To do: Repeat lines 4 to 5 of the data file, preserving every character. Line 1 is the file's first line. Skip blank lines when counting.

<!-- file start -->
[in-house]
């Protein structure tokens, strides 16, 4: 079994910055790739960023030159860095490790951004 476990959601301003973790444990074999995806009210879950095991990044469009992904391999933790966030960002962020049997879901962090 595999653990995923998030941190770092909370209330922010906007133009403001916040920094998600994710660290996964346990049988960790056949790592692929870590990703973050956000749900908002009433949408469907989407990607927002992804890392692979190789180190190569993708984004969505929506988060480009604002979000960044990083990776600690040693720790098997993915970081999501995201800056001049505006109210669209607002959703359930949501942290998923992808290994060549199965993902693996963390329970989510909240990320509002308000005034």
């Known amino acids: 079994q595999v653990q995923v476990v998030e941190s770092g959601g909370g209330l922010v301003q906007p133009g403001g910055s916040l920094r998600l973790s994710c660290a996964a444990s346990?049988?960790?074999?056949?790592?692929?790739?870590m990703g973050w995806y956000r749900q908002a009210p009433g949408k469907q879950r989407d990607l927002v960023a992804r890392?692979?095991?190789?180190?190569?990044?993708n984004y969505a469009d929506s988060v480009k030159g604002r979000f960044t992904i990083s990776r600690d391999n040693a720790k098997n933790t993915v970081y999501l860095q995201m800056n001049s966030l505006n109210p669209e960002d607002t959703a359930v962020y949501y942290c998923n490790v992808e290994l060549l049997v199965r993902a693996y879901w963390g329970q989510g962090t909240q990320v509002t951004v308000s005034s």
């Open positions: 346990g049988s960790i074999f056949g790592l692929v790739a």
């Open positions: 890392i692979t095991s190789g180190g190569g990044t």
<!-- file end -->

């Open positions: 346990g049988s960790i074999f056949g790592l692929v790739a």
């Open positions: 890392i692979t095991s190789g180190g190569g990044t």